Sunday, June 14, 2015

Jobu won’t save your space start-up: Do it yourself

The Commercial Space Blog post Mother’s milk is drying up for space companies outlines how governments are cutting back on funding for the space industry. Companies can no longer expect to succeed with government contracts alone.

That story was about existing companies. What about start-ups? How are they affected?

The short answer is this: Don’t factor government funding into your business plan. As Pedro Cerrano would tell you, don’t worship at the alter of Jobu. You can’t rely on him.

You probably need an explanation about who Cerrano is. We’ll have to take a side trip into the world of voodoo for that.

A comedy movie from 1989 called “Major League” tells the story of a major league baseball team that was built to lose so the owner could move the team out of Cleveland. The team surprises everyone, though, by tying for first place with their bitter rivals, the New York Yankees. A one-game playoff will decide their fate. They need a big game from Pedro Cerrano, the team’s power hitter.

Cerrano is a great fastball hitter but he can’t hit a curveball to save his life. He believes that a voodoo god named Jobu (pronounced Joe-BOO) can help him hit curveballs. Over the course of the season Cerrano appealed to Jobu for help, with little success.

It’s late in the game and Cleveland is behind. Cerrano comes up to bat. The Yankee pitcher gets two quick strikes on him with curveballs. Feeling abandoned by his unhelpful voodoo god, Cerrano curses and declares that he’s done with Jobu—he’ll do it himself. On the next pitch, another curveball, Cerrano hits it out of the park.

Cerrano learns not to count on an unreliable saviour. Neither should you.

Have you based any part of your start-up plan on government funding? You’re putting your faith in Jobu. Governments blow with the wind. They can pull the plug on you at any time.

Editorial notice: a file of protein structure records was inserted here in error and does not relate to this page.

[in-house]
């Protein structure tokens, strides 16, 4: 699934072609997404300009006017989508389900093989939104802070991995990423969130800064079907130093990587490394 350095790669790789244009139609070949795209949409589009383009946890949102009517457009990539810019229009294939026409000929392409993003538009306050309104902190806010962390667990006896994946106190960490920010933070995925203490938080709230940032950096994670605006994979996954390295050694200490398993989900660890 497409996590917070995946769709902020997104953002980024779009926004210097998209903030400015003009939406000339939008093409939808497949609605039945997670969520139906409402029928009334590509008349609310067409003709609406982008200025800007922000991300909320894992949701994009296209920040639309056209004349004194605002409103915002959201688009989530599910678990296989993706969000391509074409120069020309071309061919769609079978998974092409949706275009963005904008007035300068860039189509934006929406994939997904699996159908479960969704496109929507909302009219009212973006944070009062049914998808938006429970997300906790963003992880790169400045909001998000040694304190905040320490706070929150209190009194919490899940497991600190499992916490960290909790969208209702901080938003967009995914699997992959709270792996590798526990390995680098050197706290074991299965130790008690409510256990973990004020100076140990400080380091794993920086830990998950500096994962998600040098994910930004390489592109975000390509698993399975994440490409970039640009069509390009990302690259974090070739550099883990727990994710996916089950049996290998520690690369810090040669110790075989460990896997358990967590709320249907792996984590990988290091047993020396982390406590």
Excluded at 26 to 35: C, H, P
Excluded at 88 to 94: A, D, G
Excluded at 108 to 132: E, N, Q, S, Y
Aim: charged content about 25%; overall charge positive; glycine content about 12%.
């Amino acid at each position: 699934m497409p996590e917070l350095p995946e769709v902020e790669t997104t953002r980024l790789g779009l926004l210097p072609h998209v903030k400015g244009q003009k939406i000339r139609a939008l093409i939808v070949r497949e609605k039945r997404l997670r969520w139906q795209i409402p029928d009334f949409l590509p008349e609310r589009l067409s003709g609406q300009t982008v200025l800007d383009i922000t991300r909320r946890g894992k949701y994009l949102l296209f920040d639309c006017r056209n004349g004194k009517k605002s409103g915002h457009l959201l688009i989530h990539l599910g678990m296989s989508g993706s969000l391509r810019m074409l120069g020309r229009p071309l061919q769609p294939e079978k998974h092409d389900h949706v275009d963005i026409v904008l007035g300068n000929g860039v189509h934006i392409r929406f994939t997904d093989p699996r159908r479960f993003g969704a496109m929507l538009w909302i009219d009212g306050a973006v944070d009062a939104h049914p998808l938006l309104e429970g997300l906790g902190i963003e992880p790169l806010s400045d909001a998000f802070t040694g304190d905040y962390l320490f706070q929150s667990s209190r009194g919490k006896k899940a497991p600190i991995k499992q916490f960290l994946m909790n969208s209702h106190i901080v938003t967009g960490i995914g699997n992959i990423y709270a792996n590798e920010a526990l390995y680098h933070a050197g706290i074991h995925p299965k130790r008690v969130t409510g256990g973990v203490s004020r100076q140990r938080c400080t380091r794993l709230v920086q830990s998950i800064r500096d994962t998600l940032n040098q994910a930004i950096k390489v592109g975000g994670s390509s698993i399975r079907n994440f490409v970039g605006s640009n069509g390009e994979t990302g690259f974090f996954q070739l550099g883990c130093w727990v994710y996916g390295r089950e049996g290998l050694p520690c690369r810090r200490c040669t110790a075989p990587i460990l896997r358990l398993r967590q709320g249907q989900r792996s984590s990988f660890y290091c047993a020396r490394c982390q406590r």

That’s assuming your start-up can get any money at all. Recent events suggest you probably can’t.

The Canadian government announced last May 29 that they would give $13.1 Million in funding through the Canadian Space Agency’s (CSA) Space Technology Development Program (STDP) to 21 technology companies. Sounds good, doesn’t it?

You’ve probably heard the expression the devil is in the details. Substitute Jobu for devil.

If you look at the list of companies in the announcement's backgrounder, you’ll see that the government’s investment is limited in any one project to a maximum of 75%. The companies must provide a minimum of 25% of the money.

You might also notice that many of the projects are for enhancing existing technologies. And most of the companies that are creating new applications seem to be beyond the initial development process.

Small Canadian firm uses tiny materials to big effect, a Commercial Space Blog article, is a striking example.

Integran Technologies of Mississauga, ON received $200,000 from STDP to “test and optimize a novel nano-material that has equivalent or better performance than aluminum in mechanical strength and stiffness.”

Integran has financial backing from Ontario Power Generation, the crown corporation for electricity generation in Ontario, and Babcock and Wilcox, a big energy products and services company. Integran also has a developed product and licensees in Canada, the United States, Mexico, and China.

The message for brand-spanking-new companies with nothing more than a concept seems to be this: Let us know when you can make some money and maybe we’ll give you a few bucks. Until then, we’ll concentrate on the sure things.

That doesn’t mean don’t take any government money. If you can get it, sure, take it. In fact the Commercial Space Blog has a relevant article worth looking at, Government organizations of interest to the space industry. These agencies may be able to help you find funding.

Just don’t count on government subsidies. The Jekyll and Hyde personality of government is nothing to bank on.

If your plan depends on government funding for your company to succeed, you have a bad plan.

Yes, that’s harsh. So is bankruptcy.

Listen to Cerrano. Don’t depend on Jobu. Do it yourself.